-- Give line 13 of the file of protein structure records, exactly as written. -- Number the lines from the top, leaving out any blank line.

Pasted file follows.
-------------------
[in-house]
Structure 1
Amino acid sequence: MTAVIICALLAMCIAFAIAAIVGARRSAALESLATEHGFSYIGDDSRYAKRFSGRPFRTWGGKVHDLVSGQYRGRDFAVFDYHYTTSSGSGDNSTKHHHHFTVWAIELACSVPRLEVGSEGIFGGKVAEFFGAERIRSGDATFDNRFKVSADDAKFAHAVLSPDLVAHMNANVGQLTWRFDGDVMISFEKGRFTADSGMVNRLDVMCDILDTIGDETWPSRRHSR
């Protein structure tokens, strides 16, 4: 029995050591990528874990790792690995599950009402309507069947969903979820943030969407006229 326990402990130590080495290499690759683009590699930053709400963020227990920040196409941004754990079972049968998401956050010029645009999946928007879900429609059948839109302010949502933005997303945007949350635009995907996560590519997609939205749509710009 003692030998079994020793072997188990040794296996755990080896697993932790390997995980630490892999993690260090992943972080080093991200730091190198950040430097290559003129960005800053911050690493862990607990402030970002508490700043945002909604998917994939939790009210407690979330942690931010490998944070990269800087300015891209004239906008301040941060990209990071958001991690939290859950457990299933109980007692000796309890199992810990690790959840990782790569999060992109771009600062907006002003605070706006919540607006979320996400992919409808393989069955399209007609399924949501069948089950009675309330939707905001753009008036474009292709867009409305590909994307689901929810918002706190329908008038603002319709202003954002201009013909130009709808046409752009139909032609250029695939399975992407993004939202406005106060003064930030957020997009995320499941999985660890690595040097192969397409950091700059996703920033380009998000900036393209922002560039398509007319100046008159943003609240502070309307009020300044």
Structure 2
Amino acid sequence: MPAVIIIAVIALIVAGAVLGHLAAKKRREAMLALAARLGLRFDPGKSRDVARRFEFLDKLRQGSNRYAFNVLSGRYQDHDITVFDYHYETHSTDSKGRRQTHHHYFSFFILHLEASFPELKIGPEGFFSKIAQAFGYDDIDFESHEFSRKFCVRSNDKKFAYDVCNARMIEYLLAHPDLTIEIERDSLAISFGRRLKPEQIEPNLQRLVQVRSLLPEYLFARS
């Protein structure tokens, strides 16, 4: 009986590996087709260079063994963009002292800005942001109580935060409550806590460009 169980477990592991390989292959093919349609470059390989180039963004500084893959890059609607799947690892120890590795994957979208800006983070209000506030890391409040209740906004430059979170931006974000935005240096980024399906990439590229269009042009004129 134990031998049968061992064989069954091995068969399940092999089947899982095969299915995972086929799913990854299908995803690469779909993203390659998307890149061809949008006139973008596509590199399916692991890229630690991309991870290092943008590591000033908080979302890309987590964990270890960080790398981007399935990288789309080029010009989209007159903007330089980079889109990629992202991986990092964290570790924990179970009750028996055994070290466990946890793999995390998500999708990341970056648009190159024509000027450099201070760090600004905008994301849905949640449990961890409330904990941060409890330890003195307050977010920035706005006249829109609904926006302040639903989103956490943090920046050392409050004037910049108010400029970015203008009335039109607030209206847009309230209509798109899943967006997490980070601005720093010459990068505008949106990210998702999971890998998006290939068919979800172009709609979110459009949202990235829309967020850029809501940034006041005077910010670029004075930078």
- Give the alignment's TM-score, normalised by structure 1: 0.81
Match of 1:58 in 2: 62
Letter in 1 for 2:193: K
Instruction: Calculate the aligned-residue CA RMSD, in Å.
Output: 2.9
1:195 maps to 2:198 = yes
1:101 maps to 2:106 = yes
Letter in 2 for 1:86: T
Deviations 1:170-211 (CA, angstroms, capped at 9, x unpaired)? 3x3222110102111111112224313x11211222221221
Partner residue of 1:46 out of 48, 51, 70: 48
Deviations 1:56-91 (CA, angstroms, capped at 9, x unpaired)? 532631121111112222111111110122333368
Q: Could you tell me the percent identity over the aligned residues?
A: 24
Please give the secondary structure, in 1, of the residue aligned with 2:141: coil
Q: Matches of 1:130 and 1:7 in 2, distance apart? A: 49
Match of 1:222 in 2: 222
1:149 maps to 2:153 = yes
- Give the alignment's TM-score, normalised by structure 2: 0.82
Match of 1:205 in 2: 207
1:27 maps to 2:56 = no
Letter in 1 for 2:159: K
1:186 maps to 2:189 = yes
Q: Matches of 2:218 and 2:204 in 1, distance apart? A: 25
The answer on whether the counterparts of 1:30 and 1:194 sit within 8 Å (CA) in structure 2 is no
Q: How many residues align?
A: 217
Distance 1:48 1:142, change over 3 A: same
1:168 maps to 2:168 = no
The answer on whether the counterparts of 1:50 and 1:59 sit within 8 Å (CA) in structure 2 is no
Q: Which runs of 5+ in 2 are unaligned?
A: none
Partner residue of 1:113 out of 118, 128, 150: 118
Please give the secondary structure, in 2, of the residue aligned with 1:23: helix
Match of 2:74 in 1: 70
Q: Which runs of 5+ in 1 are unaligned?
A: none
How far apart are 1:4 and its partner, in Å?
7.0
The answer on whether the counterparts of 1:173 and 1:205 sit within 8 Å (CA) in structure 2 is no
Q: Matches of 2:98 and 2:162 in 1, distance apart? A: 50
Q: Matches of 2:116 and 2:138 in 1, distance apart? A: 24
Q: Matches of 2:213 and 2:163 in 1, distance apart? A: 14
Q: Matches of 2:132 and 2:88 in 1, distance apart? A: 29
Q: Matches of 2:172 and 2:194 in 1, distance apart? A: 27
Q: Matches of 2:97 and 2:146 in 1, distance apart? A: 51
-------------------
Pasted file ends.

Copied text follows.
1:195 maps to 2:198 = yes